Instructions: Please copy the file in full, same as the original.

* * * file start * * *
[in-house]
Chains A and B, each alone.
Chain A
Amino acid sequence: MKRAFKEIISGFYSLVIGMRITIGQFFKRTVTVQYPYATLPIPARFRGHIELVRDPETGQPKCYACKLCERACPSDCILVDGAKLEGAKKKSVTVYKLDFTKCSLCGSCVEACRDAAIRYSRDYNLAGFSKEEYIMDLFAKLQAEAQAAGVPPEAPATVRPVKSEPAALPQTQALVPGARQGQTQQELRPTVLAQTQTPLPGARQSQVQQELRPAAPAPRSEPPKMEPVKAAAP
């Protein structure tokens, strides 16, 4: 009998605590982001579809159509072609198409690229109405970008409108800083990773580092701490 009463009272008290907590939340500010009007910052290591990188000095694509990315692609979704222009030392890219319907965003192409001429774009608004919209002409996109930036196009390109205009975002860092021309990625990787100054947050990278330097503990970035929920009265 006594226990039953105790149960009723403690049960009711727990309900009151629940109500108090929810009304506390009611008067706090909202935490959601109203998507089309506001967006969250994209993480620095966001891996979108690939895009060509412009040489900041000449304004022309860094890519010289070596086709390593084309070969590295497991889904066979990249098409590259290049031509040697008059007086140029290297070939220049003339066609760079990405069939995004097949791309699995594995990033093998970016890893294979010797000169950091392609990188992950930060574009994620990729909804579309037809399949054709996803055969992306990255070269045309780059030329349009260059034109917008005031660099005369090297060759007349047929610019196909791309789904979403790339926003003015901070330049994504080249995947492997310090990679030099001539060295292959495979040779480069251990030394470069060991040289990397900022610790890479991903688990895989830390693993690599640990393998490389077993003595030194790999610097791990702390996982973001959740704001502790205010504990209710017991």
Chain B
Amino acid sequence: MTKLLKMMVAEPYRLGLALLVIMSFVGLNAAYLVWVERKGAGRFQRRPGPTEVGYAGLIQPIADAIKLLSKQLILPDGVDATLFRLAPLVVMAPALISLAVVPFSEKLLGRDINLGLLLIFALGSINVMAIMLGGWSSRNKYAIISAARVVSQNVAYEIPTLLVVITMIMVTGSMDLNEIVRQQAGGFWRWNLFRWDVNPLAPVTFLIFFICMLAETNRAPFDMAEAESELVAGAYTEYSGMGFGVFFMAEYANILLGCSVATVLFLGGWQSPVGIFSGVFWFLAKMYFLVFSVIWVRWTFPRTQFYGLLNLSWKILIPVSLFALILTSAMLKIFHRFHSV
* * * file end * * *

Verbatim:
[in-house]
Chains A and B, each alone.
Chain A
Amino acid sequence: MKRAFKEIISGFYSLVIGMRITIGQFFKRTVTVQYPYATLPIPARFRGHIELVRDPETGQPKCYACKLCERACPSDCILVDGAKLEGAKKKSVTVYKLDFTKCSLCGSCVEACRDAAIRYSRDYNLAGFSKEEYIMDLFAKLQAEAQAAGVPPEAPATVRPVKSEPAALPQTQALVPGARQGQTQQELRPTVLAQTQTPLPGARQSQVQQELRPAAPAPRSEPPKMEPVKAAAP
């Protein structure tokens, strides 16, 4: 009998605590982001579809159509072609198409690229109405970008409108800083990773580092701490 009463009272008290907590939340500010009007910052290591990188000095694509990315692609979704222009030392890219319907965003192409001429774009608004919209002409996109930036196009390109205009975002860092021309990625990787100054947050990278330097503990970035929920009265 006594226990039953105790149960009723403690049960009711727990309900009151629940109500108090929810009304506390009611008067706090909202935490959601109203998507089309506001967006969250994209993480620095966001891996979108690939895009060509412009040489900041000449304004022309860094890519010289070596086709390593084309070969590295497991889904066979990249098409590259290049031509040697008059007086140029290297070939220049003339066609760079990405069939995004097949791309699995594995990033093998970016890893294979010797000169950091392609990188992950930060574009994620990729909804579309037809399949054709996803055969992306990255070269045309780059030329349009260059034109917008005031660099005369090297060759007349047929610019196909791309789904979403790339926003003015901070330049994504080249995947492997310090990679030099001539060295292959495979040779480069251990030394470069060991040289990397900022610790890479991903688990895989830390693993690599640990393998490389077993003595030194790999610097791990702390996982973001959740704001502790205010504990209710017991």
Chain B
Amino acid sequence: MTKLLKMMVAEPYRLGLALLVIMSFVGLNAAYLVWVERKGAGRFQRRPGPTEVGYAGLIQPIADAIKLLSKQLILPDGVDATLFRLAPLVVMAPALISLAVVPFSEKLLGRDINLGLLLIFALGSINVMAIMLGGWSSRNKYAIISAARVVSQNVAYEIPTLLVVITMIMVTGSMDLNEIVRQQAGGFWRWNLFRWDVNPLAPVTFLIFFICMLAETNRAPFDMAEAESELVAGAYTEYSGMGFGVFFMAEYANILLGCSVATVLFLGGWQSPVGIFSGVFWFLAKMYFLVFSVIWVRWTFPRTQFYGLLNLSWKILIPVSLFALILTSAMLKIFHRFHSV